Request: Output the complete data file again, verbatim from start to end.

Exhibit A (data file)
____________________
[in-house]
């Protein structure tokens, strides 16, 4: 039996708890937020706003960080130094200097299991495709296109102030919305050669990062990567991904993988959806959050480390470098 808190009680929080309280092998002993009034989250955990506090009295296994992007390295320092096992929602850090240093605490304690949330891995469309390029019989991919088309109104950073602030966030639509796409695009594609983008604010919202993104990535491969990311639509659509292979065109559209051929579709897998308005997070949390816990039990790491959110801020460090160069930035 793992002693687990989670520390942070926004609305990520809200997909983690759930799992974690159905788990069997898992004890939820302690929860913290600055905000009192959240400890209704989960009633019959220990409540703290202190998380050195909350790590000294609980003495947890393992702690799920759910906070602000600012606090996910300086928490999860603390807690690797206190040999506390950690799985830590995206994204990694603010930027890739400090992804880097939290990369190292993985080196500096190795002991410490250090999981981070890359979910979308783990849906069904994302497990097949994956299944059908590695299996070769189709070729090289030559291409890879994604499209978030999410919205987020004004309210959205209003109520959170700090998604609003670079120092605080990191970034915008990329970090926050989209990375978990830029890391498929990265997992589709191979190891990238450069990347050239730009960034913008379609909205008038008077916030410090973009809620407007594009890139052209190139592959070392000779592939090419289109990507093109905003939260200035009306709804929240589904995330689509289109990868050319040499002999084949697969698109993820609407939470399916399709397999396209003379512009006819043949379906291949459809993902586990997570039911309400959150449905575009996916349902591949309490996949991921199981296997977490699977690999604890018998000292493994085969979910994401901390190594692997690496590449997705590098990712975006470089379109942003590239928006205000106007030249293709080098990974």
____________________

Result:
[in-house]
């Protein structure tokens, strides 16, 4: 039996708890937020706003960080130094200097299991495709296109102030919305050669990062990567991904993988959806959050480390470098 808190009680929080309280092998002993009034989250955990506090009295296994992007390295320092096992929602850090240093605490304690949330891995469309390029019989991919088309109104950073602030966030639509796409695009594609983008604010919202993104990535491969990311639509659509292979065109559209051929579709897998308005997070949390816990039990790491959110801020460090160069930035 793992002693687990989670520390942070926004609305990520809200997909983690759930799992974690159905788990069997898992004890939820302690929860913290600055905000009192959240400890209704989960009633019959220990409540703290202190998380050195909350790590000294609980003495947890393992702690799920759910906070602000600012606090996910300086928490999860603390807690690797206190040999506390950690799985830590995206994204990694603010930027890739400090992804880097939290990369190292993985080196500096190795002991410490250090999981981070890359979910979308783990849906069904994302497990097949994956299944059908590695299996070769189709070729090289030559291409890879994604499209978030999410919205987020004004309210959205209003109520959170700090998604609003670079120092605080990191970034915008990329970090926050989209990375978990830029890391498929990265997992589709191979190891990238450069990347050239730009960034913008379609909205008038008077916030410090973009809620407007594009890139052209190139592959070392000779592939090419289109990507093109905003939260200035009306709804929240589904995330689509289109990868050319040499002999084949697969698109993820609407939470399916399709397999396209003379512009006819043949379906291949459809993902586990997570039911309400959150449905575009996916349902591949309490996949991921199981296997977490699977690999604890018998000292493994085969979910994401901390190594692997690496590449997705590098990712975006470089379109942003590239928006205000106007030249293709080098990974």